• Patients with clinically significant pulmonary dysfunction, cardiomyopathy, or any history of clinically significant CHF are excluded. The exclusion of patients with active coronary heart disease will be at the discretion of the attending physician.
  • Patients with exudative, bloody, or cytologically malignant effusions are not eligible.
  • Pregnancy or breast feeding (Women of child-bearing potential are eligible, but must consent to using effective contraception during therapy and for at least 3 months after completing therapy)
  • Patients must have no uncontrolled active infection other than that not curable without treatment of their cancer.
  • Prior radiation to target area
  • Patient may not be receiving any other investigational agents during radiotherapy.
  • Prior history of non-inducible bleeding (12/16/09).
  • Requirement for continuation of anticoagulation (defined as Coumadin, lovenox, heparin, plavix, aspirin, NSAIDs or similar drugs) during treatment (12/16/09)
  • Under 18 years of age

Information from the National Library of Medicine

To learn more about this study, you or your doctor may contact the study research staff using the contact information provided by the sponsor.

Please refer to this study by its identifier (NCT number): NCT00463060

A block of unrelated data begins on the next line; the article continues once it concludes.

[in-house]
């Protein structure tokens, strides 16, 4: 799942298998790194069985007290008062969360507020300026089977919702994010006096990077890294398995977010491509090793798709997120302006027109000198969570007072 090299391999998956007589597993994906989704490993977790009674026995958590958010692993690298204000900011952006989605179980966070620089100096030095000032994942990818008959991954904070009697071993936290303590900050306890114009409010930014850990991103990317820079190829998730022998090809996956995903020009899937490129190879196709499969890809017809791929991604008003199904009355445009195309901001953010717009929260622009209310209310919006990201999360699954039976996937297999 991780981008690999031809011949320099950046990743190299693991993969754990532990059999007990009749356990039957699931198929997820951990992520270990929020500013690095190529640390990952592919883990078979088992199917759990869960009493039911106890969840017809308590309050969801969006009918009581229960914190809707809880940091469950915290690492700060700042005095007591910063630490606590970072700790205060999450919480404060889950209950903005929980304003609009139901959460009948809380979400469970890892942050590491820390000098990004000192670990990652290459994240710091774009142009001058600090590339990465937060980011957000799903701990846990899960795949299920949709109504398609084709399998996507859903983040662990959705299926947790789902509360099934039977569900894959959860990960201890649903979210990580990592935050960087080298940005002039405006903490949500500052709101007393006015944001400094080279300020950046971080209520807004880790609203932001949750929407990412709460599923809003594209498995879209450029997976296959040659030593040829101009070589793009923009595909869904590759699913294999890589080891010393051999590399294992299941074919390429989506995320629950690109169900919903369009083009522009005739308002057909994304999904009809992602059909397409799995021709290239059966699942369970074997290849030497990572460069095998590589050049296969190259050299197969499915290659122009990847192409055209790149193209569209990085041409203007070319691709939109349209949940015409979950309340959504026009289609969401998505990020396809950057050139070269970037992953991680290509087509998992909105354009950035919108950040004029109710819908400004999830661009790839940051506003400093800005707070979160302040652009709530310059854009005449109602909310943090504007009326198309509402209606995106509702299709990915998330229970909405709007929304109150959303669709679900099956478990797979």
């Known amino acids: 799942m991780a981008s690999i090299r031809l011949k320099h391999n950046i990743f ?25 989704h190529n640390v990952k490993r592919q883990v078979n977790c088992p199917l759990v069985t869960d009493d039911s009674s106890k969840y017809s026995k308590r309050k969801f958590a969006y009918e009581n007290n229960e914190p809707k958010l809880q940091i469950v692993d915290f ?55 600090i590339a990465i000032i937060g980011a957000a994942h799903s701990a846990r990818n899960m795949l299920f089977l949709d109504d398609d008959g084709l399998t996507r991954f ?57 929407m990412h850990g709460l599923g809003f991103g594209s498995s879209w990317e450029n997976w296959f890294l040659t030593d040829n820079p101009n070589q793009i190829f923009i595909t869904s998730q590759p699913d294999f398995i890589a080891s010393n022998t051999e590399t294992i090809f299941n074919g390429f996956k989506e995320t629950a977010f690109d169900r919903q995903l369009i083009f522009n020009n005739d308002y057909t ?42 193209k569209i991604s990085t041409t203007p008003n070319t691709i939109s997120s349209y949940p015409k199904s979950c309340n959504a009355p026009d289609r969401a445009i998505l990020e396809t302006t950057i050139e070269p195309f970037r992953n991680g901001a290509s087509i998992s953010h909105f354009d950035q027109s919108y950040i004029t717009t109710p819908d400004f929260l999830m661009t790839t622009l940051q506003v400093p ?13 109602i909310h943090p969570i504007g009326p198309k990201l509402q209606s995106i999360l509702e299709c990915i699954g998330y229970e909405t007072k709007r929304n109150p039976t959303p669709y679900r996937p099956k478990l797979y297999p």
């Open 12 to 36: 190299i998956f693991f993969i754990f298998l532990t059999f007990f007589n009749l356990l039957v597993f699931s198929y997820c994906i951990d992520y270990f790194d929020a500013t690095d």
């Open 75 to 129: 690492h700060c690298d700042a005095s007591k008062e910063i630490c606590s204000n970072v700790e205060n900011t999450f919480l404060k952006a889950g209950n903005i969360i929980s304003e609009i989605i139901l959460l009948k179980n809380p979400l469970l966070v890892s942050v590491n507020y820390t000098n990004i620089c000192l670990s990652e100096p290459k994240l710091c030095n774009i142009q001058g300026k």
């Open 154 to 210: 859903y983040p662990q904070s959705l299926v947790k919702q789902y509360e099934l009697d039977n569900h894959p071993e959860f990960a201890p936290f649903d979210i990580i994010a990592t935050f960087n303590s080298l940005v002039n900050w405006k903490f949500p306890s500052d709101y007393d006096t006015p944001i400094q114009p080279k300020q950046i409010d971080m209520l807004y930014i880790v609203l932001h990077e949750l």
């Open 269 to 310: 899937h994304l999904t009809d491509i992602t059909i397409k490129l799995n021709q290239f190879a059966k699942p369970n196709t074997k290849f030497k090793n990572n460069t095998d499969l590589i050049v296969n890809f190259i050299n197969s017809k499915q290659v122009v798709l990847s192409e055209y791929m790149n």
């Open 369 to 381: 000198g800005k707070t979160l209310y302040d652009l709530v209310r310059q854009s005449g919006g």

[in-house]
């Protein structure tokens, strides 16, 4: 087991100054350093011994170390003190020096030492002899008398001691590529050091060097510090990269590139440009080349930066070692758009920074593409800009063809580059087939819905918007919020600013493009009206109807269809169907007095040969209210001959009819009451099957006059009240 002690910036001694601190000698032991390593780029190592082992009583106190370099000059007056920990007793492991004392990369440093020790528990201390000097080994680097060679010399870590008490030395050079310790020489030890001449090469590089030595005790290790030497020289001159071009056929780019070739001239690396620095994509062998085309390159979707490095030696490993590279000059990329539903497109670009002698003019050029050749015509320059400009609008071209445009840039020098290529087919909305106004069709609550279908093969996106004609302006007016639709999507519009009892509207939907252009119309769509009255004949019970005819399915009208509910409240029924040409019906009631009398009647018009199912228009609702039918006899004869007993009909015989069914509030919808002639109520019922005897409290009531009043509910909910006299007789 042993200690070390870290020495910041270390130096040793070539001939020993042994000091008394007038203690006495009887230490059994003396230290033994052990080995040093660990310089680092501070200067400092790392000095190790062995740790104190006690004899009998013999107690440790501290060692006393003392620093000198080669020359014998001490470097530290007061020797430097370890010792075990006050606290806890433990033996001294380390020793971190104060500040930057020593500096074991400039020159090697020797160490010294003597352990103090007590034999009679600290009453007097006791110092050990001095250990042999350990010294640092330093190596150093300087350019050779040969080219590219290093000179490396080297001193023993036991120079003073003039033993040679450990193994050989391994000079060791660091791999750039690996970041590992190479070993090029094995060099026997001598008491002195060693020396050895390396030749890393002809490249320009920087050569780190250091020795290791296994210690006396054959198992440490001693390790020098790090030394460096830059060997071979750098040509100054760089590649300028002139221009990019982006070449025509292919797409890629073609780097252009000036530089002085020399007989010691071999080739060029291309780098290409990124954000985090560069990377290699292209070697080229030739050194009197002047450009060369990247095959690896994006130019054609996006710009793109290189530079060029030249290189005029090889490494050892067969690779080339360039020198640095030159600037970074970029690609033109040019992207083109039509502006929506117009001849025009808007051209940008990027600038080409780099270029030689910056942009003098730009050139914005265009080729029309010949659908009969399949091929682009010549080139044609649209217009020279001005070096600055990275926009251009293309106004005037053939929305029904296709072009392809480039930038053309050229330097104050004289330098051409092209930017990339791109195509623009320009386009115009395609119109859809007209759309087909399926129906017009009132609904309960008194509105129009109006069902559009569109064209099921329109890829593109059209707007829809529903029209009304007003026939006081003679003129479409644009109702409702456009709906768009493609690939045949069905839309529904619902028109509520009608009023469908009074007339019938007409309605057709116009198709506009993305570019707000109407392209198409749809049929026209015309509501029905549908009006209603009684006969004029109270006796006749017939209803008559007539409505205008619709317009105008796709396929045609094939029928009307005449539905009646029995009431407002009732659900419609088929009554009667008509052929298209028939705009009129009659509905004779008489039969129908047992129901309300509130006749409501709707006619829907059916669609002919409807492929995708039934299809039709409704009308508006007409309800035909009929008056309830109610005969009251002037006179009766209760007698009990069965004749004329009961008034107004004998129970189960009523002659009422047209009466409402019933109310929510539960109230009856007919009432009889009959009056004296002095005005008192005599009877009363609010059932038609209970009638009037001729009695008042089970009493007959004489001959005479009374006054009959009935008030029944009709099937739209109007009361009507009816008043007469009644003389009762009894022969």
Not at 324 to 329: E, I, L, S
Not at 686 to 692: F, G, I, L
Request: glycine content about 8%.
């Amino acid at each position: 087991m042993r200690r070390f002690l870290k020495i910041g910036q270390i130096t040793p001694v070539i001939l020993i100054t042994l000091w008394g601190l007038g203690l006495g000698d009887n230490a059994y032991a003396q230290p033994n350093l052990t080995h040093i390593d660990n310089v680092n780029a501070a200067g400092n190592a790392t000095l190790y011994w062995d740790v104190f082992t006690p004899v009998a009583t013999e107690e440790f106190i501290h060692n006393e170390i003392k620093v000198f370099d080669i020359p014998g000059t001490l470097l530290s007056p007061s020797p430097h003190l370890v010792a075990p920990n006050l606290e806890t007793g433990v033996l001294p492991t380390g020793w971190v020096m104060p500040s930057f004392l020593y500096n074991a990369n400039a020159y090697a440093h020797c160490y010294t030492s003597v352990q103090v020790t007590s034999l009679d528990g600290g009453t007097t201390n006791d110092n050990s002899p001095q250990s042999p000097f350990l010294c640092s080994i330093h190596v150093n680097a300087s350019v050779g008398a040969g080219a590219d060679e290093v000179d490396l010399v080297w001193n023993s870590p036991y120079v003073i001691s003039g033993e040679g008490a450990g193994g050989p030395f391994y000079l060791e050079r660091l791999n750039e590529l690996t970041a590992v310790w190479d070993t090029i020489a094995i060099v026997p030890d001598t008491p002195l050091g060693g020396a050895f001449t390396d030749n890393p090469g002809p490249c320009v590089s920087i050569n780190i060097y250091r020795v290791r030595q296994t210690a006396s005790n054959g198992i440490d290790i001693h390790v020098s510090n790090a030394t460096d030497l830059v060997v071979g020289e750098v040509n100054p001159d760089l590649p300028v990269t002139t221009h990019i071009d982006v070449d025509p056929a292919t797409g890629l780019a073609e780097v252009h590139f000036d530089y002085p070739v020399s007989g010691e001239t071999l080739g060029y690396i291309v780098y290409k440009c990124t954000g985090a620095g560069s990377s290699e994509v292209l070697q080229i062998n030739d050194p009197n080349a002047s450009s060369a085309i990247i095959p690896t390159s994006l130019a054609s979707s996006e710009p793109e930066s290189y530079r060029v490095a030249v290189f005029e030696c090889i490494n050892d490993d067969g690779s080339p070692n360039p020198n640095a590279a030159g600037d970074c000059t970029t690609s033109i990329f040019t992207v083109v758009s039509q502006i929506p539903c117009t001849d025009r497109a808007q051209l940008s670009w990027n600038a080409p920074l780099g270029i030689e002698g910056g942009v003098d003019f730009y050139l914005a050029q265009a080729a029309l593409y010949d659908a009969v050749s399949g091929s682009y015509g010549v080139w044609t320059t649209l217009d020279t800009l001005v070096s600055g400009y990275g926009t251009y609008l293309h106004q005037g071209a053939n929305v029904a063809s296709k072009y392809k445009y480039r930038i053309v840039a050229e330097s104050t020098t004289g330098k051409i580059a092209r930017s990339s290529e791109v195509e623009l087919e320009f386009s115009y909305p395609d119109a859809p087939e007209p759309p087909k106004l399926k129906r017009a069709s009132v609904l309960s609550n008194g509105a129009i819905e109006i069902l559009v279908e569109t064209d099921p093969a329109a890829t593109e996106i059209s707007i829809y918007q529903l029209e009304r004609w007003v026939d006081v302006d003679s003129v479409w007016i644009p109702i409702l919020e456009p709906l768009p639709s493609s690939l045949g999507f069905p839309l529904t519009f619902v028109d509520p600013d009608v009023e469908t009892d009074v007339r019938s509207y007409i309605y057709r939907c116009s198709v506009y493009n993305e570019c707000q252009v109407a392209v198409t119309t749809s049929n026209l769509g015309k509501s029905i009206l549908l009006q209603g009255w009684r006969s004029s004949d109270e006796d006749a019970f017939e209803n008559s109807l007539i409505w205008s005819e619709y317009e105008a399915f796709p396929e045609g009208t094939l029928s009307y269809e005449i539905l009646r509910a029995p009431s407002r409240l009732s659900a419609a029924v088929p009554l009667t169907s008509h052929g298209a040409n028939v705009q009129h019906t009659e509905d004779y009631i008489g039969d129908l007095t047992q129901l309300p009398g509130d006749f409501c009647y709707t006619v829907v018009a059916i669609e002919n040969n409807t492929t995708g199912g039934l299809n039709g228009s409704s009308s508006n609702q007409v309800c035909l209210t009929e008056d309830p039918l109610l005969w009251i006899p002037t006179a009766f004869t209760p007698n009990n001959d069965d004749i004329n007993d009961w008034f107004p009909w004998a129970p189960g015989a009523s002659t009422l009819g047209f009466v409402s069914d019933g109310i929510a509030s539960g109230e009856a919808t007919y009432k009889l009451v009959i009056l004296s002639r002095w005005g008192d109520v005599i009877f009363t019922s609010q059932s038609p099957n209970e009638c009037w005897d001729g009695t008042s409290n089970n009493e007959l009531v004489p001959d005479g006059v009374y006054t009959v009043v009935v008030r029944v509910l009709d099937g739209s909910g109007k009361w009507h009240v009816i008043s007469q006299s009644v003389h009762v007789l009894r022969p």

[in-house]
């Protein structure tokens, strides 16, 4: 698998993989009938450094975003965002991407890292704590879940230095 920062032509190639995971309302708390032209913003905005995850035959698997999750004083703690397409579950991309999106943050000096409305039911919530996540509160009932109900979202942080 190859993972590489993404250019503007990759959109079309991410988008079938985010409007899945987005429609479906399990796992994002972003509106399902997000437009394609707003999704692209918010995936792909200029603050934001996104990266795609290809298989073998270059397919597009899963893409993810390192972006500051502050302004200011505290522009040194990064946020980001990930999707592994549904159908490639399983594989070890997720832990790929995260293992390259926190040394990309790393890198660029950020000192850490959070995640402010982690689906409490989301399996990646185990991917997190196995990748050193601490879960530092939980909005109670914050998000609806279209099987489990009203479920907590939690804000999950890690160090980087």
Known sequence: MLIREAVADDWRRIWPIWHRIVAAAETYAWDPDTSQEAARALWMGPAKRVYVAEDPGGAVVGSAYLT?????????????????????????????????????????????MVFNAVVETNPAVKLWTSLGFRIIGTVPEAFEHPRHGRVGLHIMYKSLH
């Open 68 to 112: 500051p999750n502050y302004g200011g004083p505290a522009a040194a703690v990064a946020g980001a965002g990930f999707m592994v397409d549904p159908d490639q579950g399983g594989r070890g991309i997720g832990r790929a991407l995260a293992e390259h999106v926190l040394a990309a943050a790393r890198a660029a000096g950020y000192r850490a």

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United States, New York
Icahn School of Medicine at Mount Sinai
New York, New York, United States, 10029
Sponsors and Collaborators
Icahn School of Medicine at Mount Sinai
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Principal Investigator: Max Sung, MD Icahn School of Medicine at Mount Sinai
Publications of Results:
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Responsible Party: Max Sung, MD, Icahn School of Medicine at Mount Sinai Identifier: NCT00463060    
Other Study ID Numbers: GCO 06-0906
First Posted: April 19, 2007    Key Record Dates
Results First Posted: July 18, 2018
Last Update Posted: July 18, 2018
Last Verified: June 2018
Keywords provided by Max Sung, Icahn School of Medicine at Mount Sinai:
progression-free survival
Additional relevant MeSH terms:
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Antineoplastic Agents
Angiogenesis Inhibitors
Angiogenesis Modulating Agents
Growth Substances
Physiological Effects of Drugs
Growth Inhibitors
Protein Kinase Inhibitors
Enzyme Inhibitors
Molecular Mechanisms of Pharmacological Action